Salvator Mundi Is No Mona Lisa?
Superimposed in the above images are the Leonardo Da Vinci paintings ‘Salvator Mundi’, and the ‘Mona Lisa’. Notice the feminine and masculine attributes that are mirrored here. The sync between these two supposedly unrelated art pieces is astounding. The works are an illustrious match on several key factors, most notably the background, and eyes of the Mundi and Mona Lisa.
At first impression, such shared similarities seem to be no mere chance. The paintings are believed to have been painted around the same timeframe. Given the possibility that the two pieces are synchronistic, is it possible they are companion pieces, or were these changes altered in the modern to mirror both paintings? Synchronicity is a concept, first introduced by analytical psychologist and Illuminati bloodline Carl Jung, which holds that events are “meaningful coincidences” if they occur with no causal relationship yet seem to be meaningfully related. According to theorist, Jung is regarded as a secret member of the post-Bavarian modern Illuminati, claims that arose due to the bloodline of Jung. The Bavarian Illuminati counted amongst their elite at least two members with the last name of Jung. One identified in Hermann Schüttler’s Die Mitglieder des Illuminatenordens as Franz Wilhelm Jung (1757-1833) and the other as Johann Sigmund Jung (1745-1824). The latter of the two was the ancestor of Carl Jung, while his grandfather was a Freemason, Jung also claimed to have been a descendant of an original 17th-century Rosicrucian.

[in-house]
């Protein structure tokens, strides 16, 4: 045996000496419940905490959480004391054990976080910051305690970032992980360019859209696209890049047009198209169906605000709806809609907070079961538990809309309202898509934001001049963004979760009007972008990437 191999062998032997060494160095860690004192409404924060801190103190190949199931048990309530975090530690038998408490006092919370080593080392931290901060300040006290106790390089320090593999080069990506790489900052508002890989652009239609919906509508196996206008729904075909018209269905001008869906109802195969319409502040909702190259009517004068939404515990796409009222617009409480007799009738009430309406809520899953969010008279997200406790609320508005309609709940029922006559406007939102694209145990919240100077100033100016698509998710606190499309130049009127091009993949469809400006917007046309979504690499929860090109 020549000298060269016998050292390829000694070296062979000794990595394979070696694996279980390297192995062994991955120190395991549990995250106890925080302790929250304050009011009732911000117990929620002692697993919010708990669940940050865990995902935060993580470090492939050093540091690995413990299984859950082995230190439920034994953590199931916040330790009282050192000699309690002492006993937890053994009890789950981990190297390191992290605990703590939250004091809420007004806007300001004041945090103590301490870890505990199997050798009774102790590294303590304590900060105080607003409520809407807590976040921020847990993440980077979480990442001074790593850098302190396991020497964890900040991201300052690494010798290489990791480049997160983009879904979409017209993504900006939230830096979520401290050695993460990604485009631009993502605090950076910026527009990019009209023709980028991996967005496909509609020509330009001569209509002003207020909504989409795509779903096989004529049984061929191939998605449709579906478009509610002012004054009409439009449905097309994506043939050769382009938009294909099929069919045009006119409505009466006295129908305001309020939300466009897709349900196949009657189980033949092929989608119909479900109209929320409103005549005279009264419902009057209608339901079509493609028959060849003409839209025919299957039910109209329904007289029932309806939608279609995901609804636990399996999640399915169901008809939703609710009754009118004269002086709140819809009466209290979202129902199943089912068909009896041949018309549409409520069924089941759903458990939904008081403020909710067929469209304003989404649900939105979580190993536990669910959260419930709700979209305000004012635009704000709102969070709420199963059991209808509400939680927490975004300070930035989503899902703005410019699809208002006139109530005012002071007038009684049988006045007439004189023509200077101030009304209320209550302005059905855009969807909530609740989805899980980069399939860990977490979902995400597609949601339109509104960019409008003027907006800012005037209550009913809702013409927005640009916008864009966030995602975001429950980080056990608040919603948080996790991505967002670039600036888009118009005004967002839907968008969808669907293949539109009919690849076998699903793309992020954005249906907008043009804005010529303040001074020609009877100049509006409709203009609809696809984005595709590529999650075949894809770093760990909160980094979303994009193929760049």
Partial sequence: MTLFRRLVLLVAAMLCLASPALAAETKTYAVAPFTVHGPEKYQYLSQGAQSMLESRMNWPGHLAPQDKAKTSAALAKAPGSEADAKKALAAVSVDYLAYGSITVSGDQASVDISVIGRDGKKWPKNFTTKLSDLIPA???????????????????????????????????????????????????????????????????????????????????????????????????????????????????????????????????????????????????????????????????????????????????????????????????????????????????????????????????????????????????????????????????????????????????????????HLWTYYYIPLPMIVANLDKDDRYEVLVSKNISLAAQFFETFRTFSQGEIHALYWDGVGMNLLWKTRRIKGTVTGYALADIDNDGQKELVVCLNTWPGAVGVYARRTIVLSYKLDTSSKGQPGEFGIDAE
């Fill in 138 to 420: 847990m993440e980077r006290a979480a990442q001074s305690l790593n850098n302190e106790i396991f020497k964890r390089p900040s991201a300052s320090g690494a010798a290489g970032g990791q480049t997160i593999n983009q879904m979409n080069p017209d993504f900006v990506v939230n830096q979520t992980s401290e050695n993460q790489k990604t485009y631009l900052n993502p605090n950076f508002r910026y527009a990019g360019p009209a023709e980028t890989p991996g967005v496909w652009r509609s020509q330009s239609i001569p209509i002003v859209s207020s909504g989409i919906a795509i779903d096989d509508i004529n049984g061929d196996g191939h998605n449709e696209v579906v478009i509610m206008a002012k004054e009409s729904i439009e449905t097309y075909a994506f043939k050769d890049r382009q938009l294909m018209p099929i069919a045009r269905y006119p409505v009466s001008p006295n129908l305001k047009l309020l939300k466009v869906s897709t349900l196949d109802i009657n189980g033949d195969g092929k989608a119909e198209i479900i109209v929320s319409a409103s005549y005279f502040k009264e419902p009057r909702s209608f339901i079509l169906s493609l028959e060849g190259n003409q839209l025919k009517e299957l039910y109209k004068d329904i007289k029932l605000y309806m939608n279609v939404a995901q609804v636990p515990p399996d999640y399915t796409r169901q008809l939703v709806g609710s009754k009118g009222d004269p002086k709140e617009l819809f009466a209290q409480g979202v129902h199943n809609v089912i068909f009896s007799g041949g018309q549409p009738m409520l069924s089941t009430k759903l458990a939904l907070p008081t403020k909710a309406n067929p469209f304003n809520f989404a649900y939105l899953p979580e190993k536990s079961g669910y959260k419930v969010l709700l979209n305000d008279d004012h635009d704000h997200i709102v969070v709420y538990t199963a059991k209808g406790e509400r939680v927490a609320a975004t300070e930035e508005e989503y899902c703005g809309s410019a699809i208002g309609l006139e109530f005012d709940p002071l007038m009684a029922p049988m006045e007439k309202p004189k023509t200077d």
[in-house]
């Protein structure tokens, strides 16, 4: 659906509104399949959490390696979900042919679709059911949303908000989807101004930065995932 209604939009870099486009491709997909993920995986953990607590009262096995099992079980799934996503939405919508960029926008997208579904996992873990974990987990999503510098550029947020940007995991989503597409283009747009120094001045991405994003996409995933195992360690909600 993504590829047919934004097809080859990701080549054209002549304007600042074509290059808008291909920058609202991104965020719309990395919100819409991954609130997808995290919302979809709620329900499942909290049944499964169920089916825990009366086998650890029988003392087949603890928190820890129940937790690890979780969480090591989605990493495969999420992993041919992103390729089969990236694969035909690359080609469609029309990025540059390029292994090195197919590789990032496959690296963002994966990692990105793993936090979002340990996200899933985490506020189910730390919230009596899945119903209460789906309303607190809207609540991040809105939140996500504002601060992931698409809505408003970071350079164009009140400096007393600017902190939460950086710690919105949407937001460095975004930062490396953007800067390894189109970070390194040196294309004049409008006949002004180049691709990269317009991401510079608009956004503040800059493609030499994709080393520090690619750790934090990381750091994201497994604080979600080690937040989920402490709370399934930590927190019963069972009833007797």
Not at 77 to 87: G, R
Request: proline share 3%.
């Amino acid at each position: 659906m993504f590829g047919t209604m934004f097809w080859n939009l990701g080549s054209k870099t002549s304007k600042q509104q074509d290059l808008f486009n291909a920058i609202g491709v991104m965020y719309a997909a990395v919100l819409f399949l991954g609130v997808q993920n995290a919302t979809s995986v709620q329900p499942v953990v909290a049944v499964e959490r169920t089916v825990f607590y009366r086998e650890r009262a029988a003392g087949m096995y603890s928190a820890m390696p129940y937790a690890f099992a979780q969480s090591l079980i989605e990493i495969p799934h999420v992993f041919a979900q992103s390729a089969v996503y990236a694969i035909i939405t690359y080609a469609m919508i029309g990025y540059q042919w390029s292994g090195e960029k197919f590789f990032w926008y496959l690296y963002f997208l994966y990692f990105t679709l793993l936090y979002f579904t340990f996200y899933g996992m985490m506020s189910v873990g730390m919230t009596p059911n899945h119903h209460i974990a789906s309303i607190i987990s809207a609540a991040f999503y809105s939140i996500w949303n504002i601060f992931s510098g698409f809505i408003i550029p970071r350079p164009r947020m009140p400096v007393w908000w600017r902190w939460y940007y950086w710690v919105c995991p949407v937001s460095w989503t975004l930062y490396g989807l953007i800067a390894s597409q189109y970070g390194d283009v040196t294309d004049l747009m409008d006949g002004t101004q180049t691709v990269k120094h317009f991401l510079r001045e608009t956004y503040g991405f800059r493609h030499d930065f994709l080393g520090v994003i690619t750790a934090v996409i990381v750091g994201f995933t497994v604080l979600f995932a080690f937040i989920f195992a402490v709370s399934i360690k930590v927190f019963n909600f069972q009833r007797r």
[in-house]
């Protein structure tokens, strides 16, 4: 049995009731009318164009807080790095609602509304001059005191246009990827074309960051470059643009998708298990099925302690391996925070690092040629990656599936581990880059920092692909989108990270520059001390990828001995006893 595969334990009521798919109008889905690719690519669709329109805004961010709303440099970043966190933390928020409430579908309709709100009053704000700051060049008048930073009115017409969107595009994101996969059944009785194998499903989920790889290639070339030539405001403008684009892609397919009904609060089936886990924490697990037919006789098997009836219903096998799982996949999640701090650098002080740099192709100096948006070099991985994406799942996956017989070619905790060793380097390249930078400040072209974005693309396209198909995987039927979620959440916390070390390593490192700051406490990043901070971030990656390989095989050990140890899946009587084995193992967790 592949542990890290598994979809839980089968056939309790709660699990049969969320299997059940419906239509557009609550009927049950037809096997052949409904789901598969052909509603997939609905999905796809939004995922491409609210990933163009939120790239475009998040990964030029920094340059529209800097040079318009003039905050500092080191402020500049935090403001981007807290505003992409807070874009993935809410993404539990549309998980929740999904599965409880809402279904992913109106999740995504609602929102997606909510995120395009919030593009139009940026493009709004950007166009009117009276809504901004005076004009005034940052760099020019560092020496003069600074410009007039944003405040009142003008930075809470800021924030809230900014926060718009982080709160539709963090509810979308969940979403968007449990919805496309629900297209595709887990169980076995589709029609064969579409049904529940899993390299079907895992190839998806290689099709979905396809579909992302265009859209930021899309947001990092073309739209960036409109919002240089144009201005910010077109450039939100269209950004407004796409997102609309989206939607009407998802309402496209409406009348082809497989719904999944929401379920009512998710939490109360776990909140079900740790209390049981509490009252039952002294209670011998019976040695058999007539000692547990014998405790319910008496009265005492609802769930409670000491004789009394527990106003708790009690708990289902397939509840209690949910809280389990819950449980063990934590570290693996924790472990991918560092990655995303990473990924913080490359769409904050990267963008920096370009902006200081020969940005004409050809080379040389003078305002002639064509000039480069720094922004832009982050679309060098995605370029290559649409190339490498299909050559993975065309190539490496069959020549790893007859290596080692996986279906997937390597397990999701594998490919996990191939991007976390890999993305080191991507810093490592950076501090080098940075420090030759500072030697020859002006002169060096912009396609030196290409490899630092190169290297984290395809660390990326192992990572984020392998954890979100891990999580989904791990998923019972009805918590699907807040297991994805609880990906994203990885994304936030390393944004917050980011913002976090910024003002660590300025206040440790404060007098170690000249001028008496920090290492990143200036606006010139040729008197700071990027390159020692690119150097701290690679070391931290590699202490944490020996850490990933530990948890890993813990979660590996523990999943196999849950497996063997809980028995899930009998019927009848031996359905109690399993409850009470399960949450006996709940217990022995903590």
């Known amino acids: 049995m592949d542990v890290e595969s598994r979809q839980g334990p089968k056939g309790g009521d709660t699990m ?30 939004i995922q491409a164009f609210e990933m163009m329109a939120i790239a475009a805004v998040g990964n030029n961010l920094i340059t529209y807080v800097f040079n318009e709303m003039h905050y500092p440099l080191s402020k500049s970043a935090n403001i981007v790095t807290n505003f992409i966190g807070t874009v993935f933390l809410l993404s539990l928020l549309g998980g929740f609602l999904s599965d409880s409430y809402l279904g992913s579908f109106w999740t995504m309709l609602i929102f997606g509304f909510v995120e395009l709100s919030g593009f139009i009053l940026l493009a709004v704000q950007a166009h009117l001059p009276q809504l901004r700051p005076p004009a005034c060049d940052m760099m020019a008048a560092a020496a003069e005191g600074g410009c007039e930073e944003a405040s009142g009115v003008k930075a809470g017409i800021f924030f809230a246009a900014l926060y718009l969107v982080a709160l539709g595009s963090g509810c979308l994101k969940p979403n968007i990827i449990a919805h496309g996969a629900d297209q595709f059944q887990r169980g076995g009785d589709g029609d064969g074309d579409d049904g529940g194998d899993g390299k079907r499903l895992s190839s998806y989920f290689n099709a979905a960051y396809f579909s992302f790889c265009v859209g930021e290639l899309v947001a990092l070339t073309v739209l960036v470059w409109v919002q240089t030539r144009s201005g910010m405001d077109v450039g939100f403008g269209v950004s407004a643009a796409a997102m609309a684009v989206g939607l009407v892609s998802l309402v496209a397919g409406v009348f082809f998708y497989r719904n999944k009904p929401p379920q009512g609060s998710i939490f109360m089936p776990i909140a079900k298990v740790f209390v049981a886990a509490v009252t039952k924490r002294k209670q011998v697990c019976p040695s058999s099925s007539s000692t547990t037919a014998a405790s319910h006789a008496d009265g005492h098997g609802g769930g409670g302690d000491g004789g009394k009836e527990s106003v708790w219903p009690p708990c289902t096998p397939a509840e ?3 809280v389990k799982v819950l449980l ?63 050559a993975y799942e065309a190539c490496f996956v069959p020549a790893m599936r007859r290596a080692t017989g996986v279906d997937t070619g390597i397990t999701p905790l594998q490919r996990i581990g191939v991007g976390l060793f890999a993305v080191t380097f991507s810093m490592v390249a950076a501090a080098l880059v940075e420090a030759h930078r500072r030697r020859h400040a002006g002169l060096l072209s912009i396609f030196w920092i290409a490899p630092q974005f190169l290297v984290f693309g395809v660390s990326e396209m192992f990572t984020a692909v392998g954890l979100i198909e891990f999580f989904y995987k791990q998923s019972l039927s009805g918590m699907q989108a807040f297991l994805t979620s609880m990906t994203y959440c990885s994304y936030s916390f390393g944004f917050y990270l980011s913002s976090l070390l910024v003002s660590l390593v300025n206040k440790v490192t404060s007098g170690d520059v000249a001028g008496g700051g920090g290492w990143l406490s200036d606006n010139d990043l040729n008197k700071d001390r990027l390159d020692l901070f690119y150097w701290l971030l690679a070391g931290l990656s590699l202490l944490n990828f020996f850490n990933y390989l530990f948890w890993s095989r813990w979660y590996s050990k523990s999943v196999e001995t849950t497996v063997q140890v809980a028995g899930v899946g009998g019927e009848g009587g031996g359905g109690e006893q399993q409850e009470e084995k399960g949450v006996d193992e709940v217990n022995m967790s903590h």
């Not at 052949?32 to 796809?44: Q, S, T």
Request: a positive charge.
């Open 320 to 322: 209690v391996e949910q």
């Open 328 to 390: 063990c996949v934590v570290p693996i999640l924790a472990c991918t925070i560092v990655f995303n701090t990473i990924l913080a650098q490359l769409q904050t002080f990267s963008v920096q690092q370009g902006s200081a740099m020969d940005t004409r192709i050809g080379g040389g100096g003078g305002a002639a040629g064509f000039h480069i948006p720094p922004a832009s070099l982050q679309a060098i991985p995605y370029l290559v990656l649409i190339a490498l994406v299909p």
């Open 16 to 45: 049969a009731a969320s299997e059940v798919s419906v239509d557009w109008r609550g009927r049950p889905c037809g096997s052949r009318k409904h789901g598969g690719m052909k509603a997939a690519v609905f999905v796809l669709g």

Jason Farago of the New York Times wrote an article which states; “That 450 Million Leonardo? It’s No Mona Lisa.” I couldn’t help but notice the striking similarities in the pieces. The artistic figure of the ‘Salvator Mundi’ appears, at best, feminine and less than Christ-like. Below is commentary from Hidden In The Crag.
“The divine feminine interlaced into the divine masculine. Meet their god Lucifer. Jupiter Serpais and Isis in the form of their Salvator Mundi or Saviour of the World. You have the right hand of the Serapis pose and the left handed crystal ball of the priestess of Isis.” – hiddeninthecrag.com
Salvator Mundi Through The Years
The ‘Salvator Mundi’ (Latin for ‘Savior of the World’) by artist Leonardo Da Vinci, is a painting of Christ dated around 1500, a similar timeframe for the famous ‘Mona Lisa’ painting. The ‘Mundi’ features left to right symbolism, in the right hand is a blessing, while in the left hand is a crystal orb, said to symbolize the cosmos and the Earth. Around twenty other known versions of the work are in existence, with preparatory chalk and ink drawings by Da Vinci held by the so-called British Royals.
A Czech etcher, known in England as Wenceslaus or Wenceslas and in Germany as Wenzel Hollar, made an engraving of the painting, published in Antwerp in 1650 with the inscription Leonardus da Vinci pinxit (Latin for ‘Leonardo da Vinci painted it’).
Notice the numerous changes to the painting over time. This is due to a number of contributing factors, namely the painting was damaged from previous restoration attempts take on during the late 1800’s, and then various liberties were obviously taken to the modern restoration of the piece. For example most telling is the detail of the drapery robes and the cross-section.
Below I have taken the 1650 etching and superimposed the image with the 2017 version of the painting. Notice how the change in the eyes has affected the paintings appearance. The beard and mustache of the Christ were removed, while the shadowing texture on the chest was replaced or altered. With the beard forever removed, the piece takes on a less than masculine appearance, an almost esoteric theme begins to emerge.
Below is the painting of 1912 superimposed with the 2017 version. By 1912 the painting had undergone a number of repairs, alterations, and damages which resulted in an inferior looking piece. Notice that the hands have synched up very nicely between 1912 and 2017 versions. The piece varies widely in detail between 1650 – 2017 due in large to the heavily over painted application produced in the late 1800’s, and was once considered a ‘sloppy copy’, prior to the recent ‘restoration‘.